# Quark Matter 2012

12-18 August 2012
US/Eastern timezone

## Meson and baryon femtoscopy in heavy-ion collisions at ALICE

14 Aug 2012, 14:55
20m
Diplomat ()

### Diplomat

Oral Presentation

### Speaker

Maciej Pawel Szymanski (Warsaw University of Technology (PL))

### Description

In heavy-ion collisions produced at the LHC two-particle correlations of mesons and baryons carry important information about the emitting source. At low relative momentum femtoscopic correlations arise, which are sensitive to the homogeneity lengths of the system. Hydrodynamic models predict that these will decrease with increasing transverse mass of the pair. Such decrease is universally reported for pions, also at the LHC. Kaons and baryons, having a much larger mass, allow to significantly extend the range of measured m_T. The femtoscopic results for heavier particles would put a strong constraint on such predictions. Non-identical baryon and meson pairs are also sensitive to emission asymmetries. Femtoscopic correlations between baryons arise mostly due to the strong interaction, which is not precisely known for some baryon pair types. Most notable example is the lambda-lambda interaction which has an unknown contribution due to the potential existence of the H0 dibaryon. Equally interesting are baryon-antibaryon potentials, which have a significant contribution from annihilation channels. These processes may have an impact on single-particle spectra, and should be investigated as one of the possible sources of the small proton yield at the LHC. We show the two-particle correlation functions for several pair types (baryon-baryon, baryon-antibaryon and meson-meson), consisting of neutral and charged kaons, protons and lambdas. Femtoscopic analysis is carried out for them, taking into account, when necessary, residual correlations and annihilation channels. Results are presented as a function of transverse mass and event multiplicity, comparing with the pp collisions results when possible. Correlations with lambdas are analyzed both with femtoscopic methods as well as to study the unknown interaction potentials.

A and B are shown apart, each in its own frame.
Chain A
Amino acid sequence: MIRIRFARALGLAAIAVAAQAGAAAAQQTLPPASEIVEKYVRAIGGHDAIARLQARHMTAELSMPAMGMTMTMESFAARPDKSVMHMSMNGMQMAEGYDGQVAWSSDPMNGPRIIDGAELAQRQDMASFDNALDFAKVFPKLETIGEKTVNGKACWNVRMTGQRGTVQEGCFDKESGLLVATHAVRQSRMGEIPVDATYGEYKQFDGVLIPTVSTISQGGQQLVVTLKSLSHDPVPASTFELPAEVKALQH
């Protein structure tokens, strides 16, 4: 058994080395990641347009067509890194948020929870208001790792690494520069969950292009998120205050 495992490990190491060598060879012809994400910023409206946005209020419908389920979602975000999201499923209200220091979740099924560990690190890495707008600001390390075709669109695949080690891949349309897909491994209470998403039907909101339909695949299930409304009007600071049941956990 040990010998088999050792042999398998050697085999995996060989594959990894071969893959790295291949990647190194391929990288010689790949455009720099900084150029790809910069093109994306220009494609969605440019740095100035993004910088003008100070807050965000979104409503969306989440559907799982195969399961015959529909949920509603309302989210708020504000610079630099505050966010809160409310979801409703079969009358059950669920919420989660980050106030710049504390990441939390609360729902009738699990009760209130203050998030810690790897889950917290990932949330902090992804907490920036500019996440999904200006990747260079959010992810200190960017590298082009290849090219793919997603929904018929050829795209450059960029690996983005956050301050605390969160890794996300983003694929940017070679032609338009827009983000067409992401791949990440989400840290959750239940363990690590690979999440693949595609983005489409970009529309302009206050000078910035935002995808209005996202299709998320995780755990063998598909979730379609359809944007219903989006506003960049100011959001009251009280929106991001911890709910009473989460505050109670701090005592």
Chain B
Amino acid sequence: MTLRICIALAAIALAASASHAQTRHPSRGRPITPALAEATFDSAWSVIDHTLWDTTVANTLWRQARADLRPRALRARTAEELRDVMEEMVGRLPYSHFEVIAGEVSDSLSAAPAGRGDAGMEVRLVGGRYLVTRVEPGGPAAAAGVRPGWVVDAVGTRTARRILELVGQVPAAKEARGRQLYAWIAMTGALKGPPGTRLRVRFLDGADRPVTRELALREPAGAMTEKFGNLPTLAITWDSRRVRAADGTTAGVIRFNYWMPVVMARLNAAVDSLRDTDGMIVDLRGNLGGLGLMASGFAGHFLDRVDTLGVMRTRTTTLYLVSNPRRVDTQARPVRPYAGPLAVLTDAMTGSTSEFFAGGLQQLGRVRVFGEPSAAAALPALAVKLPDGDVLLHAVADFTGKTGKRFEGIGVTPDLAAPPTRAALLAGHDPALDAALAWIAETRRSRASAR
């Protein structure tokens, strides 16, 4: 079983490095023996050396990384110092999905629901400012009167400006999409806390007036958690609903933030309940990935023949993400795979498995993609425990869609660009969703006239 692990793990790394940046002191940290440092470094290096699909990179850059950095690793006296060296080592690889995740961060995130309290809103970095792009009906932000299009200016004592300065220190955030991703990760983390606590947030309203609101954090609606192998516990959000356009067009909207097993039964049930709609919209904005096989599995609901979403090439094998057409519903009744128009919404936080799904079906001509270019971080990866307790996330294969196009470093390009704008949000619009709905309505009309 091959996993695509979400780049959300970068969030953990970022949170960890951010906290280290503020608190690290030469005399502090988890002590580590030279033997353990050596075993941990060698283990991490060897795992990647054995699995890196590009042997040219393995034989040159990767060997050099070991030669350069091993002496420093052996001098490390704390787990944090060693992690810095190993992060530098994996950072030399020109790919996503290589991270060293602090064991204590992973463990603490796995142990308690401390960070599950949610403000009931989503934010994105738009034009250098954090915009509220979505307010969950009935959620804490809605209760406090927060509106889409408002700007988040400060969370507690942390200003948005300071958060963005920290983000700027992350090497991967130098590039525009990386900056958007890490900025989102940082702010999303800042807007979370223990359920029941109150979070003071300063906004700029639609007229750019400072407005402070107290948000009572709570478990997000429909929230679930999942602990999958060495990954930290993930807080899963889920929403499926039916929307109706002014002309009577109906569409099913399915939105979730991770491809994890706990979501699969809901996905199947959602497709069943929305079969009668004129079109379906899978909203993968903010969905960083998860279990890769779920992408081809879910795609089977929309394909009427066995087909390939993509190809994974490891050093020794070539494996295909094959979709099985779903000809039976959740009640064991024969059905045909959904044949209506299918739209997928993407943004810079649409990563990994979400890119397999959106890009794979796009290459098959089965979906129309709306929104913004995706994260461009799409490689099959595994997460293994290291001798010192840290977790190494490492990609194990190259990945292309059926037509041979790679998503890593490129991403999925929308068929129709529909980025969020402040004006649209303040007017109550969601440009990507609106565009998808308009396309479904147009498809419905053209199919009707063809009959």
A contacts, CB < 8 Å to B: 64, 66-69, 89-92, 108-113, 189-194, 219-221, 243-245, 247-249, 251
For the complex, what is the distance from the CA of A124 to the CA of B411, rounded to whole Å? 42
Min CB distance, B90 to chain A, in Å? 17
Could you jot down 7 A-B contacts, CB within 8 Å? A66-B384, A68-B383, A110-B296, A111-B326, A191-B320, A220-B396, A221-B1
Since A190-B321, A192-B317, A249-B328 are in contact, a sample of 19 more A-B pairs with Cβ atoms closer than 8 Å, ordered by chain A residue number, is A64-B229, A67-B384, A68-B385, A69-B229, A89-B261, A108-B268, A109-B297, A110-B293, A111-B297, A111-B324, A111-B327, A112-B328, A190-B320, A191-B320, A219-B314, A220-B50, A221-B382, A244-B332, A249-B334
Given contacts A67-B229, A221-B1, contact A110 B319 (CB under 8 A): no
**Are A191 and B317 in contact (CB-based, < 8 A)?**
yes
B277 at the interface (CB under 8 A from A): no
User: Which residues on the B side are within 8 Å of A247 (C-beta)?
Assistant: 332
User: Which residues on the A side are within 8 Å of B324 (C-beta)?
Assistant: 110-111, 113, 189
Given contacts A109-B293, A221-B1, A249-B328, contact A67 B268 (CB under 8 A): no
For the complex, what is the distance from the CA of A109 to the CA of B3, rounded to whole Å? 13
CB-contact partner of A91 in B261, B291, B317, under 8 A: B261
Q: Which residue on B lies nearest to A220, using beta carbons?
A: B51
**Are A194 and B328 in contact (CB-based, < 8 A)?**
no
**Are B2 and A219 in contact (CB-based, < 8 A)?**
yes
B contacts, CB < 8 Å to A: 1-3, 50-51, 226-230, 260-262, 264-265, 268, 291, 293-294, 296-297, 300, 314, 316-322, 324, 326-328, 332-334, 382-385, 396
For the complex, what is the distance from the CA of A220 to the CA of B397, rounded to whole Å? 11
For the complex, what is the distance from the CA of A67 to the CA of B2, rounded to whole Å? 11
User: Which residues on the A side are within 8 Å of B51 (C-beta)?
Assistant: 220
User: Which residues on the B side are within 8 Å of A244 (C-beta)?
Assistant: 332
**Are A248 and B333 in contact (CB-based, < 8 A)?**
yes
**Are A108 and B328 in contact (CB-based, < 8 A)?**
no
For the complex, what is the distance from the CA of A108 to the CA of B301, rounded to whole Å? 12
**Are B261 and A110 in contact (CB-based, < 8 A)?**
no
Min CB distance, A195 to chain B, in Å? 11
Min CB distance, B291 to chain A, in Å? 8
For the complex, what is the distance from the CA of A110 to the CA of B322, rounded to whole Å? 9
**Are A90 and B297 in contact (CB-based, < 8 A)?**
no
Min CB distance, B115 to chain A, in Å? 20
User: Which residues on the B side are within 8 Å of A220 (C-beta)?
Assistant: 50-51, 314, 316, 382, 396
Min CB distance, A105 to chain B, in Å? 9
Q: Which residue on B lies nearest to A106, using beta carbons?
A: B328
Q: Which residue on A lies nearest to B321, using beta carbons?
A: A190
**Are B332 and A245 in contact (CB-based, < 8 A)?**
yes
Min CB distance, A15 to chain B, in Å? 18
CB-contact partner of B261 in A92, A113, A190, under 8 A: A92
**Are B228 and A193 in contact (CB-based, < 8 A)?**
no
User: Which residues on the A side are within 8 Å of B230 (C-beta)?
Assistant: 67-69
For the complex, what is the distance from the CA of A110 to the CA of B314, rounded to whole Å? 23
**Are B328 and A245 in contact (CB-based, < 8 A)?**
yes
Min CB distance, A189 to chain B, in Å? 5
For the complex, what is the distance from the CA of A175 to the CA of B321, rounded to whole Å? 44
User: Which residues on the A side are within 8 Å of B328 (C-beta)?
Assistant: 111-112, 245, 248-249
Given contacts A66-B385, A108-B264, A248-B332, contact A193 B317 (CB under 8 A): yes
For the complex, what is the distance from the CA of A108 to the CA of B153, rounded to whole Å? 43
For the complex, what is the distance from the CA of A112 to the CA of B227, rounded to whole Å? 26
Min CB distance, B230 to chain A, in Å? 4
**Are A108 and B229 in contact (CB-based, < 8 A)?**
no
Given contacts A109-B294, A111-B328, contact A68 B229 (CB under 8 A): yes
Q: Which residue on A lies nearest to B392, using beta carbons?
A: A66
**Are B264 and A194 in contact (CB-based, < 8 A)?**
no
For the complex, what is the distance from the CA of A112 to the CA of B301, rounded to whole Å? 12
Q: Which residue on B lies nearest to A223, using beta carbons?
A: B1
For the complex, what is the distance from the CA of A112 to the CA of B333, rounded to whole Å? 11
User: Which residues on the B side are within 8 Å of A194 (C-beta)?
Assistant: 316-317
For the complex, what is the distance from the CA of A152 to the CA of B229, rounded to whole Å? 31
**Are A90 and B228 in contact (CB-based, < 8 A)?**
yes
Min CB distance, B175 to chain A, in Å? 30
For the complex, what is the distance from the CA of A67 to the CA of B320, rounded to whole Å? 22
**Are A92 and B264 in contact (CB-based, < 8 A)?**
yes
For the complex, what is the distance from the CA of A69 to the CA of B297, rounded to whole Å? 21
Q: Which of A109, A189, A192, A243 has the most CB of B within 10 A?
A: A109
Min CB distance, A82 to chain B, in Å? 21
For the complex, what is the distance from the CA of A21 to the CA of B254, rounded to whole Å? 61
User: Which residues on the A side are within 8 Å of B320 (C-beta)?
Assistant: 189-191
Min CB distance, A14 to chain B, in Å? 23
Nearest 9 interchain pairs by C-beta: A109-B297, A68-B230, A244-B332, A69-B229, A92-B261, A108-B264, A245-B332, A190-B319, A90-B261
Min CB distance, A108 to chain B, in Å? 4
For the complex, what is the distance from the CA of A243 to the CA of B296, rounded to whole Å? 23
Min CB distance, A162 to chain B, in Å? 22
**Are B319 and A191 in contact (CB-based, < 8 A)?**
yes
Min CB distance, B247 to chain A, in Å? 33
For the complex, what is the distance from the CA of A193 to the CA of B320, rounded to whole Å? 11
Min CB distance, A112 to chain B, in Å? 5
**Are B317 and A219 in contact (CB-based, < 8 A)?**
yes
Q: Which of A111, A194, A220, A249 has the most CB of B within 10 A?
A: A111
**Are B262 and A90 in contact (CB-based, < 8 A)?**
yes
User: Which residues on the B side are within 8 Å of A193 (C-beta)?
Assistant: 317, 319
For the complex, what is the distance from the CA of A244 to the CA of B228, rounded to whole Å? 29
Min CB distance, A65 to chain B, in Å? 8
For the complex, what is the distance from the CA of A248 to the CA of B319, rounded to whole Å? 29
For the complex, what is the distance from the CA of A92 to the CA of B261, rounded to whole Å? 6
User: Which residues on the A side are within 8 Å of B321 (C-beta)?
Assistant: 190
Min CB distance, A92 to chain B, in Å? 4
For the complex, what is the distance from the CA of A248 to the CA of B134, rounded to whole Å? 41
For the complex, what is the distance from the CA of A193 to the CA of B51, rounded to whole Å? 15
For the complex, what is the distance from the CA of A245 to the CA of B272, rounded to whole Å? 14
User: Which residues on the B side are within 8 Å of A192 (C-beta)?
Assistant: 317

### Primary author

Collaboration ALICE (CERN, Geneva, Switzerland)

### Co-author

Maciej Pawel Szymanski (Warsaw University of Technology (PL))

 Slides

Paper files: